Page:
Nadeau negates Stewart's strong Bristol run. BRISTOL, Tenn., (Aug. 24, 2002) - Lapped traffic can be the undoing of even the most flawless run at the tight and fast Bristol Motor Speedway. The .533-mile oval allows little room for error, and...
Nadeau negates Stewart's strong Bristol run.
BRISTOL, Tenn., (Aug. 24, 2002) - Lapped traffic can be the undoing of even the most flawless run at the tight and fast Bristol Motor Speedway. The .533-mile oval allows little room for error, and when one driver makes a mistake, it tends to have repercussions for others.
Such was the case for Tony Stewart in Saturday night's Sharpie 500. With his #20 Home Depot Pontiac comfortably in ninth-place, the #44 Dodge of Jerry Nadeau, two laps down to the leader, forced his way in front of Stewart and promptly hit the brakes. The left front nose of Stewart's Pontiac impacted Nadeau's bumper, rupturing an oil line and sending Stewart to the pits for repairs. He emerged three laps down, racing the #19 Dodge of Jeremy Mayfield and the #1 Chevrolet of Steve Park for 24th position. Stewart, who had been running as high as fifth earlier in the 500-lap affair, was out of contention because of another driver's error, which proved doubly unnecessary considering it occurred under caution.
The event seemed to ring prophetic, for heading into the Sharpie 500, Stewart said, "Bristol is one of those places where there are so many variables and so many things can go wrong during your race that everything has to be absolutely perfect for you to even stay in the top-five."
While it wasn't perfect, Stewart salvaged the best finish he could - 24th - holding Mayfield and Park at bay. It was far from the run Stewart displayed earlier in the evening, coming from 26th on the grid to fifth by lap 355, but it was still an important finish considering the implications upon the NASCAR Winston Cup Series championship point standings.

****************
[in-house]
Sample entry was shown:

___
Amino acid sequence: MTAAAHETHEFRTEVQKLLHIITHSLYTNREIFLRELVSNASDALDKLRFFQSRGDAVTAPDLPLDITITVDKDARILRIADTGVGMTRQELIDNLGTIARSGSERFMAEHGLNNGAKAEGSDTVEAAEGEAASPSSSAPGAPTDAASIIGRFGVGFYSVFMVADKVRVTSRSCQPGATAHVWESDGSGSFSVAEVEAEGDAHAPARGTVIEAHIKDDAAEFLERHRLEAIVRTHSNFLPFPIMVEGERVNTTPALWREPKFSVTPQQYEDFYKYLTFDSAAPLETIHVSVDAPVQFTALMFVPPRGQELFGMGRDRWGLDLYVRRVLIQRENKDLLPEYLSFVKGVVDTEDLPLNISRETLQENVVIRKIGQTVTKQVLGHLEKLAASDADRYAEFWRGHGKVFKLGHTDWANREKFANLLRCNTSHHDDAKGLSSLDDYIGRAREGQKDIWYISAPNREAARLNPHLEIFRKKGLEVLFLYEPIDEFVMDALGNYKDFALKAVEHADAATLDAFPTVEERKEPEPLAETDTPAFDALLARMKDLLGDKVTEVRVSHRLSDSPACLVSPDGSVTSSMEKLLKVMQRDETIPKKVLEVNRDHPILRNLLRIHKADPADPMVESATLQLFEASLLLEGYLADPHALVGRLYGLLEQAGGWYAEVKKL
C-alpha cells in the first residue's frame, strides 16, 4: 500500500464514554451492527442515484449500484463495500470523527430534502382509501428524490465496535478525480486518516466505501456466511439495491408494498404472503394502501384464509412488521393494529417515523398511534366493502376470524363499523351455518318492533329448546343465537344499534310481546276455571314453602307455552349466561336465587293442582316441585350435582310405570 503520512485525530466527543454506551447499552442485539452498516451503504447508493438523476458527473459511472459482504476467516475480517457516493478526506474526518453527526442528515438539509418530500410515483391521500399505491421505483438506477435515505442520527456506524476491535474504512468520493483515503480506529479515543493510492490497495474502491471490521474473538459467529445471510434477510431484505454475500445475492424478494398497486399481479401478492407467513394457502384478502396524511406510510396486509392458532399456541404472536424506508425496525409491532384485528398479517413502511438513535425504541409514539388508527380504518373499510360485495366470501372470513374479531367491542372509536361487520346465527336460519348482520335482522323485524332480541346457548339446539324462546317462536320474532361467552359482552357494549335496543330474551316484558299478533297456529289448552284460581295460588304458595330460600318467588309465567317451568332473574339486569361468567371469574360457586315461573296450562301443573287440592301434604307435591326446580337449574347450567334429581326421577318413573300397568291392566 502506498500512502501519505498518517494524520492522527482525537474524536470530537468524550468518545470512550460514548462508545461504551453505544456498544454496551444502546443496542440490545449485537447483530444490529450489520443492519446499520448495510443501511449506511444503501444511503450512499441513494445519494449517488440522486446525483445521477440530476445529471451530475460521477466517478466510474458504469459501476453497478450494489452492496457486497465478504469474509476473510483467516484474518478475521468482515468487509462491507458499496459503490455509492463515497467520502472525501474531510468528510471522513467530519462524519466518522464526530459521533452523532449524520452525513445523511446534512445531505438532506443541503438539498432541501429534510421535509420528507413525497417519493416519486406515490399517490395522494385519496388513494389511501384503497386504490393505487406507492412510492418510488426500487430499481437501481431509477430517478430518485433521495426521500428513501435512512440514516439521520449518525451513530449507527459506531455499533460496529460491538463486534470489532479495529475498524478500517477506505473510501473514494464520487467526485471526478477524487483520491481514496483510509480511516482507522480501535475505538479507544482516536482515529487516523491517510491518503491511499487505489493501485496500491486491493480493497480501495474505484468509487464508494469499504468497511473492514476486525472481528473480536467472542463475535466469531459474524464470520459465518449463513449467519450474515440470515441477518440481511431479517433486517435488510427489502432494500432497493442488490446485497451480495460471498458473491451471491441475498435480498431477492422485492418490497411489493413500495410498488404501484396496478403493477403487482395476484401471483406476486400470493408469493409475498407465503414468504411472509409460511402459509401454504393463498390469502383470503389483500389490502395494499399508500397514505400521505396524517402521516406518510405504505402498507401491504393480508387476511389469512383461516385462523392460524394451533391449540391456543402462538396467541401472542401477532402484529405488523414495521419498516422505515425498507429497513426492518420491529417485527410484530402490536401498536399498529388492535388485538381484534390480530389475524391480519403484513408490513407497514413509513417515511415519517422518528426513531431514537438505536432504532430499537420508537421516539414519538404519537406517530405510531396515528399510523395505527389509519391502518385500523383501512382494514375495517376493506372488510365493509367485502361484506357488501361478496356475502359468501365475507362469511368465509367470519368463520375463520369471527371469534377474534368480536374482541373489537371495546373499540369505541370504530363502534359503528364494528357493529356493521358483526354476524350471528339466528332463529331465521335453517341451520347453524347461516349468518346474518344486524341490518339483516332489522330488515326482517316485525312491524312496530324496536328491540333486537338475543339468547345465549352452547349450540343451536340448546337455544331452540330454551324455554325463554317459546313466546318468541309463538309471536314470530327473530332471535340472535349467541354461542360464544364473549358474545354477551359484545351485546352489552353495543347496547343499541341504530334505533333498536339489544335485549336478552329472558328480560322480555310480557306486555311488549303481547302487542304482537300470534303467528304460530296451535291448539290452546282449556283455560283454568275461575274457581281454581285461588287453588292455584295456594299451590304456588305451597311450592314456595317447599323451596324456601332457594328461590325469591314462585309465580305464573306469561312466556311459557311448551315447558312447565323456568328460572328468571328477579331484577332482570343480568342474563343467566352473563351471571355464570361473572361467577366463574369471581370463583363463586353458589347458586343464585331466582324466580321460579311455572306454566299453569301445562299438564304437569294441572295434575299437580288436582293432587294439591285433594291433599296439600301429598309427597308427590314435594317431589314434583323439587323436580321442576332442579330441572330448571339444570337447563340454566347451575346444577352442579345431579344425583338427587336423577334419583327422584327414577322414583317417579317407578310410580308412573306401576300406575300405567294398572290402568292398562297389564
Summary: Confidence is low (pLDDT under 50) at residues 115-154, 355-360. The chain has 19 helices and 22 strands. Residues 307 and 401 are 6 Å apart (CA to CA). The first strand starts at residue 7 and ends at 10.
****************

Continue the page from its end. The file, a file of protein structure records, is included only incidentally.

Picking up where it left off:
Stewart maintained his fourth-place point standing, but dropped from 84 points behind leader Sterling Marlin to 139 points back. Had his crew not been able to make repairs to the #20 machine, the best finish Stewart could've earned would've been 36th - a difference of 30 points. Call it making the best of a bad situation.
Jeff Gordon made the best of the bumping and banging that embodies Bristol, ending a 31-race winless streak that dated back to last year's race at Kansas City. Gordon, who started from the pole, led the most laps of any driver, taking the point for a total of 235 circuits. The run also moved Gordon from fifth to third in the point standings, 111 points arrears Marlin.
Following Gordon to the line were Rusty Wallace, Dale Earnhardt Jr., Kevin Harvick and Matt Kenseth.
Mark Martin, despite his 23rd place finish, maintained his second-place point standing with a 95-point margin between himself and Marlin. Rookie Jimmie Johnson, who had occupied third in the standings, dropped to fifth after an accident relegated him to a 34th place finish. The 145 points that separate the top-five drivers in the point standings is the second closest margin between the top-five with 12 races remaining in NASCAR history. In 1984 the top-five were separated by 111 points with 12 races remaining.
The next event on the Winston Cup schedule is the Sept. 1 Mountain Dew Southern 500 at Darlington (S.C.) Raceway. Live coverage by TNT begins at 1 p.m. EDT.